Can we take a pass on the quack?
Theclosest we can make the François Legault lead Coalition Avenir Québec abbreviation sound in English, CAQ, the closer we are to it sounding as quack. What, only a year ago, looked like a decent alternative to both the PQ and the Liberals, accepting to set aside the ‘national’ question for a while, is now the ADQ revived, with its absence of a program and the always present, lets abolish the school boards!
Backed at first by La Presse and its local newspapers, Québecor Le Journal de Montreal dark horse being Joseph Facal 365 days ago, the CAQ lead by a former PQ minister, was not a bad idea. Everybody understood that federalists and sovereignists would find a refuge from the ‘question’ and get down to business. It could have been the greatest thing ever to happen to Quebec, the ‘question’ being debated, without having a referendum in the air for some time. Leaving the Liberals refusal of even dreaming of it, with the damaging effect on the French electoral and the PQ of always dreaming about it aside. A couple of years of debates would not have killed anyone, far from it; it may even have resolved it for most of us.
That was not to be. By absorbing the former ADQ, Mr. Legault, bought a used car that nobody wanted. In 2007, Québec’s voters gave that party a chance of proving itself, in less than a year of a minority government it squandered it. Mr. Charest, facing a fractured PQ, the lowest ever turnout in a provincial election, got easily re-elected.
Today, the CAQ, seems to be only backed by the Montreal Gazette, who in true let’s roll back the clock fashion, is playing their well-known canard: The Liberals take us for granted, let’s vote for anything else. More or less, the English equivalent of the French Bloc Québécois vote, when we think of it.
If the English community really wants to serve a lesson to the Liberals, then can we submit a suggestion: Vote Parti Québécois or Québec Solidaire! As we all know, political parties first law states: If there is an amount of vote somewhere we must cater to it. It’s universal by the way.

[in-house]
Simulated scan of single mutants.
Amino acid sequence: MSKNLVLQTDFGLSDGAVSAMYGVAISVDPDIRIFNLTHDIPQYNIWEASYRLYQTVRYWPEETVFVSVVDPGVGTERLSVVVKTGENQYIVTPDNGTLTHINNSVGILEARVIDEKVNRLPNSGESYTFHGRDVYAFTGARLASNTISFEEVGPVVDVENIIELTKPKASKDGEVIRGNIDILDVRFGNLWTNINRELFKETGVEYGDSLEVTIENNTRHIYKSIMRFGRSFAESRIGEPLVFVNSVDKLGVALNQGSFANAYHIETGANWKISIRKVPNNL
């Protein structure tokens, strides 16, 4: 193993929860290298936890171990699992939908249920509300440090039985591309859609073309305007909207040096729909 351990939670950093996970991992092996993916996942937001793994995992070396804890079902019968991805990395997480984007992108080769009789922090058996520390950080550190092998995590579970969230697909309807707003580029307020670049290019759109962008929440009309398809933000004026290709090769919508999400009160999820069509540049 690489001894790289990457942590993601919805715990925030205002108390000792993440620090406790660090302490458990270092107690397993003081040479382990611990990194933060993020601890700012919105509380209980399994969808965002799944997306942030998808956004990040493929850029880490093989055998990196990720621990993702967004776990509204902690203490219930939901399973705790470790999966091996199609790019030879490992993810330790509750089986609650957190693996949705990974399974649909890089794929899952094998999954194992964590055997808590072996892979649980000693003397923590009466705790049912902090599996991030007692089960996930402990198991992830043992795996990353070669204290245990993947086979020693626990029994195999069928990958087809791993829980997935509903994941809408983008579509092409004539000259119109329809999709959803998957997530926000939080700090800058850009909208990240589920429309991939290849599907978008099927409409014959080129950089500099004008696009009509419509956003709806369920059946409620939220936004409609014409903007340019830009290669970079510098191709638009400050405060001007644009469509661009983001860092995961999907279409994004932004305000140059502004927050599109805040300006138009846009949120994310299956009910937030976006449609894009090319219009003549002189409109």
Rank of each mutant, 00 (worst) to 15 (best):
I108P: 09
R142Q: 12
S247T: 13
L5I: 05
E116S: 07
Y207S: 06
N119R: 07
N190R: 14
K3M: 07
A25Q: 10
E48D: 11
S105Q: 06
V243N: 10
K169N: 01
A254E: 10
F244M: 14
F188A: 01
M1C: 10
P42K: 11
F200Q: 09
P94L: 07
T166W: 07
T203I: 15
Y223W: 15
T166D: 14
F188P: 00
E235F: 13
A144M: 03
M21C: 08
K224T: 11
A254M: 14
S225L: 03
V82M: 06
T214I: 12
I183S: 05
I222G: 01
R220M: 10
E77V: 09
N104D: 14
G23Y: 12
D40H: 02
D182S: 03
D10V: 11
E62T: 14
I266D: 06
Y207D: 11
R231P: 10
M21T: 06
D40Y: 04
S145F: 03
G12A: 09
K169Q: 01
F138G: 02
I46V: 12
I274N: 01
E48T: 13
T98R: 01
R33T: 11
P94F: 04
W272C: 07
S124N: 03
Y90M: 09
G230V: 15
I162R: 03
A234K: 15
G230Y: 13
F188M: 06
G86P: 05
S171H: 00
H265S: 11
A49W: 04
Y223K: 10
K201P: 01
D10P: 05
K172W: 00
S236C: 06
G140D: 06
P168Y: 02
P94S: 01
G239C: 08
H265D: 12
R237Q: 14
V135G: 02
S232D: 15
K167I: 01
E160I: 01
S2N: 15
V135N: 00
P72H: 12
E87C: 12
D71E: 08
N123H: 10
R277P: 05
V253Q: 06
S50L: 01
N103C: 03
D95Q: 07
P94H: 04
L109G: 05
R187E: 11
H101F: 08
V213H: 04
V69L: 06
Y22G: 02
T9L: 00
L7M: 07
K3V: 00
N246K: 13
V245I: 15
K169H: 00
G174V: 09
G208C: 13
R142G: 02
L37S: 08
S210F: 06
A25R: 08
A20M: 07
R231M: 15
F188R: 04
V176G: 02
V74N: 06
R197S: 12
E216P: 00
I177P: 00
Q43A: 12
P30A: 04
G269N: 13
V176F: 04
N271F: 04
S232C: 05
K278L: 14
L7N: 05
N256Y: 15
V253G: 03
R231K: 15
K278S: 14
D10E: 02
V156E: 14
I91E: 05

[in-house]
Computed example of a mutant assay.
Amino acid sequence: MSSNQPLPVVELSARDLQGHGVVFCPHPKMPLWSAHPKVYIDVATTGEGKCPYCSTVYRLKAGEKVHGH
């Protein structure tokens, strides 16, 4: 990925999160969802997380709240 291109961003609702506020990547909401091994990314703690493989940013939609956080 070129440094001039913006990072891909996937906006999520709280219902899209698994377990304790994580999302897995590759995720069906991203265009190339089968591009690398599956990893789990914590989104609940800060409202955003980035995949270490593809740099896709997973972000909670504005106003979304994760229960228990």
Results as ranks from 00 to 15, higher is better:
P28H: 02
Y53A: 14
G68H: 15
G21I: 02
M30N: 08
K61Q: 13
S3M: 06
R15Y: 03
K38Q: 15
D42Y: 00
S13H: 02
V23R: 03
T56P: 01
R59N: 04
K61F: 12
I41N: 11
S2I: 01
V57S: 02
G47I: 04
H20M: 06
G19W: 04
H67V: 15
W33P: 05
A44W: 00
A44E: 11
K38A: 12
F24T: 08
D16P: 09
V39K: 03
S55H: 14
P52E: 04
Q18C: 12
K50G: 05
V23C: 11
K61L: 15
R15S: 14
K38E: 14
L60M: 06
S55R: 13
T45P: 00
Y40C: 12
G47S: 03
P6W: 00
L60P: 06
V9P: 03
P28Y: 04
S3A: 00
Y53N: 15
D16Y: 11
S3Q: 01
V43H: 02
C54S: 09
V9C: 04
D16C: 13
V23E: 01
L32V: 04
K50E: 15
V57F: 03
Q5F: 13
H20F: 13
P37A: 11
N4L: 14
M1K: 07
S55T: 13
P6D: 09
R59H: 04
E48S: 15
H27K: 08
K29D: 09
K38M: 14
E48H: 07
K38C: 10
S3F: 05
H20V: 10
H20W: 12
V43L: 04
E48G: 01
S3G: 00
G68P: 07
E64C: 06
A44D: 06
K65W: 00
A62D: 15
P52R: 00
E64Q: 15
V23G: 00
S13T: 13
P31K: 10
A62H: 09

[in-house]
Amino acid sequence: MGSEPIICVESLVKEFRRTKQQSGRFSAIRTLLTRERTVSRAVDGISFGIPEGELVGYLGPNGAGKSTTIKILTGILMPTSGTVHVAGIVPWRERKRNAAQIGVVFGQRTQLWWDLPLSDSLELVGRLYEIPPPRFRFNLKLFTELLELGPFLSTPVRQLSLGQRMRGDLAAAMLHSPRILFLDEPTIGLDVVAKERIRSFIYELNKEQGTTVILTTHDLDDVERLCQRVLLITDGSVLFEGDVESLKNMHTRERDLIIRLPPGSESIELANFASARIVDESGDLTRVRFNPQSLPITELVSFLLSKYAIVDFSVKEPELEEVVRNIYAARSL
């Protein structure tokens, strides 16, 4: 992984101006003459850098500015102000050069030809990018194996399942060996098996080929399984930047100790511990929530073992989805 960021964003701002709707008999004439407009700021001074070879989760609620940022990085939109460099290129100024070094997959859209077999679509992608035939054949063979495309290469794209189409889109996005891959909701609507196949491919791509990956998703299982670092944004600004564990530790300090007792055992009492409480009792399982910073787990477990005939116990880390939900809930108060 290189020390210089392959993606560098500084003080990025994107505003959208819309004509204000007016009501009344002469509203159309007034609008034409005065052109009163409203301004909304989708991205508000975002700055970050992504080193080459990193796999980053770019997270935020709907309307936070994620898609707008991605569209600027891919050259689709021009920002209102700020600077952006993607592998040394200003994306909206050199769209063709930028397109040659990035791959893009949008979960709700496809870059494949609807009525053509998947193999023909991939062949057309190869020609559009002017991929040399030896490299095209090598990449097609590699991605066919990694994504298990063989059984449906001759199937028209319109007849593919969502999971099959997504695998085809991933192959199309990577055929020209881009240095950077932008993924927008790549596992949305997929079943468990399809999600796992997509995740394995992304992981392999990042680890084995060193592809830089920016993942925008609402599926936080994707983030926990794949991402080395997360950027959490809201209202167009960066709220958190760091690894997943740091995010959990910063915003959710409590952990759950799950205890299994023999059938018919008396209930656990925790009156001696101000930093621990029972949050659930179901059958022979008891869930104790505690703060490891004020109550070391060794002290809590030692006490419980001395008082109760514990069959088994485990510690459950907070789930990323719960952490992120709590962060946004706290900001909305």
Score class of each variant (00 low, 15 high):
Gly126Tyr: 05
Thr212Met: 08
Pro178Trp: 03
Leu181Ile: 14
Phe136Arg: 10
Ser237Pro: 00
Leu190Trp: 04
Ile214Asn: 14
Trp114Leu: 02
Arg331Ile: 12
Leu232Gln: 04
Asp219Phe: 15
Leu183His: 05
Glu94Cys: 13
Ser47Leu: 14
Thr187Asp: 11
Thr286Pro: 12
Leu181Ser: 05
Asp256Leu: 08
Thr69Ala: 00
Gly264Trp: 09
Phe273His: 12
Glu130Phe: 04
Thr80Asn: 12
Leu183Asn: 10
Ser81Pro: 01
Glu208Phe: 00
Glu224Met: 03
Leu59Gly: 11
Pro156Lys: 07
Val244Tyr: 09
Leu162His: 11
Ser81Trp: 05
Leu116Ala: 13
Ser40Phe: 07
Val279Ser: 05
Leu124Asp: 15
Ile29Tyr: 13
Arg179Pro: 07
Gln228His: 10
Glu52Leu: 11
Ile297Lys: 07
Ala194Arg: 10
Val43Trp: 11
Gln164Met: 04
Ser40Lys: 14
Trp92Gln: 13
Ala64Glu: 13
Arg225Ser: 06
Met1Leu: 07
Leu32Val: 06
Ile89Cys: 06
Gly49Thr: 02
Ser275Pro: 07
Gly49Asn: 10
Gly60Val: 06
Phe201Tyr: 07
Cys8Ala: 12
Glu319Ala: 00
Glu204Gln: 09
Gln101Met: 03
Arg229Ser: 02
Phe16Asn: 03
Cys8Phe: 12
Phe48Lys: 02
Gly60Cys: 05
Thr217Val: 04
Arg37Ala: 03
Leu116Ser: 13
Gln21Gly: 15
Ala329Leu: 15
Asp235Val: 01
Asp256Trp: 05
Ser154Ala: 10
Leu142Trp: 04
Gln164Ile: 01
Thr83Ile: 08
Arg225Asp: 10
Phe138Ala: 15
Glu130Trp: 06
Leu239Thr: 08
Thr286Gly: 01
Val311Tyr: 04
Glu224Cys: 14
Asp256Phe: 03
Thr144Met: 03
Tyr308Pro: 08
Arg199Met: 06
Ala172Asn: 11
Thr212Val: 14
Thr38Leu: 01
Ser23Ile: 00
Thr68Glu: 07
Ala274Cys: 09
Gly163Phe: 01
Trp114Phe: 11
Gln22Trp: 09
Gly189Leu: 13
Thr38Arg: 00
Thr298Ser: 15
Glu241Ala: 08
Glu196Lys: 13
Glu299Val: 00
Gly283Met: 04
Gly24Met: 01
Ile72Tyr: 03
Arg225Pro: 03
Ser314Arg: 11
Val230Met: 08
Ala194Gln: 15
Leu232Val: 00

We don’t care much for the platform of any party, but we must warm the readers of this newspaper that the CAQ is proposing that the ONLY political instrument left to English community in this province is its school board. Legault’s harebrained proposal would replace them by giving the individual school Conseil d’établissement the elected power who would then contract with another regional new structure for services. The community would be excluded and replace uniquely with parents.
This newspaper likes parents, its publisher is a parent, most of our staff are parents, and we are not against parenthood and apple pies. But in real life, parents are part of the community but are not the community. To access public school and if the PQ is elected all schools, your child must be eligible under article 23 of the Constitution, one of the parent or siblings must have attended an English school. They do not have to be English as matter of fact in Montreal, while they are English speakers, most are not ‘English’ and do not define themselves as such.
The community control of school boards, whatever forms they take, for minorities in Canada is defined by a unanimous decision of the Supreme Court in 1990, the Mahé case against the Edmonton school board. It clearly gives the community the control over their schools political organisation. Madame Marois, then Minister of Education, was the backer of linguistic school boards in Quebec in 1998, clearly stated then: to insure that the English community has full control of their school board.
Losing this would be a greatest loss of power that the English community would have faced. This province needs solutions, not quackery for short electoral gains.
Sergey feels the same way, but for much of his life he wondered if he could ever wind up in a place like the tranquil Northeast. Indeed, it’s a miracle of sorts that Sergey even had the choice. His great-grandfather was a Russian Orthodox priest at the time of the 1917 Revolution, and therefore was considered a member of the ruling class. He was murdered by revolutionaries in 1920. Sergey’s grandfather was stripped of his rights as a Russian citizen -- he was not allowed to go to college or even to live in a city. But by applying a little creativity to his biography, Sergey’s grandfather did attend college and eventually became a top government official in Kursk.
“He didn’t want to talk about the past,” Sergey recalls. “I didn’t even find out about my great-grandfather and the hardships my grandfather had until 1990, a few years before he died. That’s the way it is in Russia – the past is very, very dark for many people.”
But his grandfather’s hard work paved the way for Sergey’s father, who became a cardiologist and joined the medical corps in the Soviet military, a prestigious position in the USSR. It was an extraordinary family journey from the